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New Album From Guitarist Jose Gobbo, Current



JGT contributor Joe Barth talks to guitarist Jose Gobbo about his new album, Current – and about his influences.

Jose Gobbo grew up with Brazilian music.  In 2011 he moved from Brazil to Iowa to work on a master’s degree at the University of Iowa, and later to complete his doctorate at the University of Illinois at Urbana-Champaign. Today, he is active in central Illinois as a performer as well as a teacher. In February Jose will release his newest CD Current.

JB:  What inspired you to play jazz guitar and what was most helpful in your personal development as a guitarist?

JG:  Like most normal humans, I started playing guitar because of rock. The transition into jazz started when my best friend started discovering and showing me musicians like Marcus Miller and Jaco Pastorius. Another turning point was imagining John Coltrane’s sheets of sounds being played on a guitar with distortion. Later on, I started appreciating Wes Montgomery because of his sense of taste, refinement, and expressiveness.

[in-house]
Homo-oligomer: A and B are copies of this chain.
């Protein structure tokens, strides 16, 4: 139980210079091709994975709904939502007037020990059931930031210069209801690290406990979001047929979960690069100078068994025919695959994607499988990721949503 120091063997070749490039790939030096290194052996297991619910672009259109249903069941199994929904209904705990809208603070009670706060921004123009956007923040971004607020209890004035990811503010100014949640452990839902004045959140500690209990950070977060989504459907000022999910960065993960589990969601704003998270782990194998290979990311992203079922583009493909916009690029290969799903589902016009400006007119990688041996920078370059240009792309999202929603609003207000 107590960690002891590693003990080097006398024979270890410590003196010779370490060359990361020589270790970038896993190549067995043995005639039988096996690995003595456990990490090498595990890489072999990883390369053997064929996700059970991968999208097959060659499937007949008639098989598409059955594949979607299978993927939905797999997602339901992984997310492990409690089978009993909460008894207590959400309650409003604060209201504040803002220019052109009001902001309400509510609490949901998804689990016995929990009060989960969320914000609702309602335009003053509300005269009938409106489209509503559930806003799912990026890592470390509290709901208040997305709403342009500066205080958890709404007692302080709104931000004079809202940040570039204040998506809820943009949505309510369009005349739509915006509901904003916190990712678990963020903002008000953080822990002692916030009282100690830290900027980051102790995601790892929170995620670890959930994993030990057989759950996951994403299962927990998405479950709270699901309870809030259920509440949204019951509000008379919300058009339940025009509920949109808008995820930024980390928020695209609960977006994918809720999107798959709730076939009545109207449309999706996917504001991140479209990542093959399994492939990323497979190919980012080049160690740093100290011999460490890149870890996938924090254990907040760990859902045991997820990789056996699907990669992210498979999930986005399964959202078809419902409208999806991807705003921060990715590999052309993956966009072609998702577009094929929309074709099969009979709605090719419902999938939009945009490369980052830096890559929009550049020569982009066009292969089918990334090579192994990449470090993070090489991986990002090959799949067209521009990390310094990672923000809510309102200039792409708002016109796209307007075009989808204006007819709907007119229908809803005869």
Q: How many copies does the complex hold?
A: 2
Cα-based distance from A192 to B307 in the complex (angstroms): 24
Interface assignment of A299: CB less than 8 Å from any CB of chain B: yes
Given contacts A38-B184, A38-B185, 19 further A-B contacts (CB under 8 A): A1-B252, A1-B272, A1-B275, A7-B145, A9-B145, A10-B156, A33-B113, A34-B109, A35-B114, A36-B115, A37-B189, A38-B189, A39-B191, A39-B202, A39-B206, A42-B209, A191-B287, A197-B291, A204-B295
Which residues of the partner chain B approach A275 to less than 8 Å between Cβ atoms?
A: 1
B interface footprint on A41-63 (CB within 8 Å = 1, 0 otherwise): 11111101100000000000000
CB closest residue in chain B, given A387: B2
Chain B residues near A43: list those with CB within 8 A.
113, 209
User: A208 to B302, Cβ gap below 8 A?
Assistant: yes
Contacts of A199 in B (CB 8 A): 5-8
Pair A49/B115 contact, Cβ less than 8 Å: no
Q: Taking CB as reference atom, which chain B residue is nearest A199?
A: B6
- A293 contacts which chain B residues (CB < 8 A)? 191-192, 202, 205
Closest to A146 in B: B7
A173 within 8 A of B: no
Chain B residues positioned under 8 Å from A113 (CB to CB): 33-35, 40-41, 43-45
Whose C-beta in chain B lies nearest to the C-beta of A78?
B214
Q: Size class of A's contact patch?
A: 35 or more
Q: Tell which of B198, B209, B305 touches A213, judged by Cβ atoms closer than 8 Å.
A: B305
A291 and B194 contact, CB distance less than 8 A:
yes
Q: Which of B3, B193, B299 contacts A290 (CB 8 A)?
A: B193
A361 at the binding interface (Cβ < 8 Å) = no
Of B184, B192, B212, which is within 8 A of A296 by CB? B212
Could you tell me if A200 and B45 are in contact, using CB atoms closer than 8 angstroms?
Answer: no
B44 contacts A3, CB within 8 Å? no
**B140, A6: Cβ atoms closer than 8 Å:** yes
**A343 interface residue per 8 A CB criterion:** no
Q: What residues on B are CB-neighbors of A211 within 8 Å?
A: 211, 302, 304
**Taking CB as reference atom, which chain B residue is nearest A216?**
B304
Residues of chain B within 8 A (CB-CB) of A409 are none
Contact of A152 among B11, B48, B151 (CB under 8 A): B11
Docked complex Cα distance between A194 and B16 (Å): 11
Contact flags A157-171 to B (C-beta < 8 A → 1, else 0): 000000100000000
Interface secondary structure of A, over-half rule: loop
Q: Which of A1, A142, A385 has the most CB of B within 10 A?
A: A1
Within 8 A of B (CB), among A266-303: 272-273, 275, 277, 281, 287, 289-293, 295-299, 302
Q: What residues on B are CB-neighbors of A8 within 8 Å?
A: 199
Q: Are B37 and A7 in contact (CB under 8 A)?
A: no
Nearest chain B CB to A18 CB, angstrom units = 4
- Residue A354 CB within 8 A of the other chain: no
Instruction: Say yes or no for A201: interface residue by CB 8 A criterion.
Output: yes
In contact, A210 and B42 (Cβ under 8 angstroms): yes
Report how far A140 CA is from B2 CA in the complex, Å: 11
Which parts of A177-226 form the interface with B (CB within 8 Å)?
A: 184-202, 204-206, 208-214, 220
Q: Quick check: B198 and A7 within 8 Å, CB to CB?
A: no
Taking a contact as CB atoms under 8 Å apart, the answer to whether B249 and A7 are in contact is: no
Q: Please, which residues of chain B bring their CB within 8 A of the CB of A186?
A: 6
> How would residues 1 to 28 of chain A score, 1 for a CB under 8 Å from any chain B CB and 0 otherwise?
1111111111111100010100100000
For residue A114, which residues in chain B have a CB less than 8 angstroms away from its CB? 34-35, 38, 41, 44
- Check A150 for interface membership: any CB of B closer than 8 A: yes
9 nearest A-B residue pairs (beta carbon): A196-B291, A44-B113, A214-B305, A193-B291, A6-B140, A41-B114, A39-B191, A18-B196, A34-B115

JB:  The University of Illinois has a fine music department, was Larry Gray teaching guitar there when you were a student? 

JG:  Yes, Larry was there and I did study with him. He still is a wonderful source of inspiration, beyond music. We played a duo gig recently in which he played guitar, accordion, and flute. We have a trio gig coming up with him on bass.

JB:  To you, what are three of the most influential jazz guitar albums and why?